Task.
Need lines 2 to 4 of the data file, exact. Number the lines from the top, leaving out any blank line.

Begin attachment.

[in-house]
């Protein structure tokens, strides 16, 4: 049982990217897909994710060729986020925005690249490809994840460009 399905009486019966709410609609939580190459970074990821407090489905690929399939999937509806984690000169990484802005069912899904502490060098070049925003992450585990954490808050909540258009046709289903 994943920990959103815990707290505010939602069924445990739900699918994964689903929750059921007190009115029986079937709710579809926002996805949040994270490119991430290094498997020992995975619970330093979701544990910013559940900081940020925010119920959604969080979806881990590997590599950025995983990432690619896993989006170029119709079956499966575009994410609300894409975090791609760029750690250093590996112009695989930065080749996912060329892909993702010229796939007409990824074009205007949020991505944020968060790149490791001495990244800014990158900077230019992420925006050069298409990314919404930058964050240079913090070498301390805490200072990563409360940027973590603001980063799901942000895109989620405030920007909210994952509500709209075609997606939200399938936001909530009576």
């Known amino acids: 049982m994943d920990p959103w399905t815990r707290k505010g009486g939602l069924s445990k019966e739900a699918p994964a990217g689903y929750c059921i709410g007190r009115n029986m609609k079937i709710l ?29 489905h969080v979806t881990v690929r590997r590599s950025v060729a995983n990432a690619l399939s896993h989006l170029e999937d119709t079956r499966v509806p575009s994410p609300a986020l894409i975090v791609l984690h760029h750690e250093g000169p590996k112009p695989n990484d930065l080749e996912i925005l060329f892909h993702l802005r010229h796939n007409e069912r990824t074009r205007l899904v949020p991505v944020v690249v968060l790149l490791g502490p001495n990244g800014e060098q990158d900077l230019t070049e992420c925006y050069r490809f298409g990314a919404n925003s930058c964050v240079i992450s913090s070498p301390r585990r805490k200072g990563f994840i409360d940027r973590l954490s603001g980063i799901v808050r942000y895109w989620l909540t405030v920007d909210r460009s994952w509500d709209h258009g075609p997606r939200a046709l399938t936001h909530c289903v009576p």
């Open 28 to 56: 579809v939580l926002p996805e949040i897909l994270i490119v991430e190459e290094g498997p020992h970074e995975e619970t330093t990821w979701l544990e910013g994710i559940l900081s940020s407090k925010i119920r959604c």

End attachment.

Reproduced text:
């Protein structure tokens, strides 16, 4: 049982990217897909994710060729986020925005690249490809994840460009 399905009486019966709410609609939580190459970074990821407090489905690929399939999937509806984690000169990484802005069912899904502490060098070049925003992450585990954490808050909540258009046709289903 994943920990959103815990707290505010939602069924445990739900699918994964689903929750059921007190009115029986079937709710579809926002996805949040994270490119991430290094498997020992995975619970330093979701544990910013559940900081940020925010119920959604969080979806881990590997590599950025995983990432690619896993989006170029119709079956499966575009994410609300894409975090791609760029750690250093590996112009695989930065080749996912060329892909993702010229796939007409990824074009205007949020991505944020968060790149490791001495990244800014990158900077230019992420925006050069298409990314919404930058964050240079913090070498301390805490200072990563409360940027973590603001980063799901942000895109989620405030920007909210994952509500709209075609997606939200399938936001909530009576």
């Known amino acids: 049982m994943d920990p959103w399905t815990r707290k505010g009486g939602l069924s445990k019966e739900a699918p994964a990217g689903y929750c059921i709410g007190r009115n029986m609609k079937i709710l ?29 489905h969080v979806t881990v690929r590997r590599s950025v060729a995983n990432a690619l399939s896993h989006l170029e999937d119709t079956r499966v509806p575009s994410p609300a986020l894409i975090v791609l984690h760029h750690e250093g000169p590996k112009p695989n990484d930065l080749e996912i925005l060329f892909h993702l802005r010229h796939n007409e069912r990824t074009r205007l899904v949020p991505v944020v690249v968060l790149l490791g502490p001495n990244g800014e060098q990158d900077l230019t070049e992420c925006y050069r490809f298409g990314a919404n925003s930058c964050v240079i992450s913090s070498p301390r585990r805490k200072g990563f994840i409360d940027r973590l954490s603001g980063i799901v808050r942000y895109w989620l909540t405030v920007d909210r460009s994952w509500d709209h258009g075609p997606r939200a046709l399938t936001h909530c289903v009576p």
């Open 28 to 56: 579809v939580l926002p996805e949040i897909l994270i490119v991430e190459e290094g498997p020992h970074e995975e619970t330093t990821w979701l544990e910013g994710i559940l900081s940020s407090k925010i119920r959604c």